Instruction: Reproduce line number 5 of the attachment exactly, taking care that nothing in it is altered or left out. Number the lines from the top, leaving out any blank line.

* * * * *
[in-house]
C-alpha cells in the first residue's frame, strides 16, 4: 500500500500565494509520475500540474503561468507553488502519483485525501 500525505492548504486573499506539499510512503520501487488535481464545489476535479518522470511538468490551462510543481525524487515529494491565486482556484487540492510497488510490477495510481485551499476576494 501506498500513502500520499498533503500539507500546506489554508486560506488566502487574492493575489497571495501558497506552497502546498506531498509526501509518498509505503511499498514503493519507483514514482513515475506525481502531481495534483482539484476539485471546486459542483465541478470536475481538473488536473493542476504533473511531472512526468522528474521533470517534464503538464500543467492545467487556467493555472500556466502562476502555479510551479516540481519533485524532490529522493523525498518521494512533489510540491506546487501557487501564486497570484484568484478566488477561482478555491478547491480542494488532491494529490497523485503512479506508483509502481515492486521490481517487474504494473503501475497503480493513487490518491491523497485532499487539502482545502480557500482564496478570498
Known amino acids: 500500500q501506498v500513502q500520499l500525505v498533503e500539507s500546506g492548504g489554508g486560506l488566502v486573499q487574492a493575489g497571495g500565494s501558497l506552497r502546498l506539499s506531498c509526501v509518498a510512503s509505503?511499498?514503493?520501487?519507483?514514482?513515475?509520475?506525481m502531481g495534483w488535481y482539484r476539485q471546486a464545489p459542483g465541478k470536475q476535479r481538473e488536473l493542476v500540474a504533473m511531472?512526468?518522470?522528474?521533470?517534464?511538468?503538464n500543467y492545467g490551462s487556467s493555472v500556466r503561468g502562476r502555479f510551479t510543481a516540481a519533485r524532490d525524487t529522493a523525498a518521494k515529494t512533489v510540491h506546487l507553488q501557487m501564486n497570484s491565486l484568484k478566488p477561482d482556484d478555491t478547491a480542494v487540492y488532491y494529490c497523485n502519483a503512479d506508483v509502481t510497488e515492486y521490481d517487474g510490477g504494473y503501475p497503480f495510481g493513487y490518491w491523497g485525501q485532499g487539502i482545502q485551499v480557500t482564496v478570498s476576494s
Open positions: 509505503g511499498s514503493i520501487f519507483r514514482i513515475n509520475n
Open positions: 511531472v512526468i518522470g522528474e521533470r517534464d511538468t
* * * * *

Open positions: 511531472v512526468i518522470g522528474e521533470r517534464d511538468t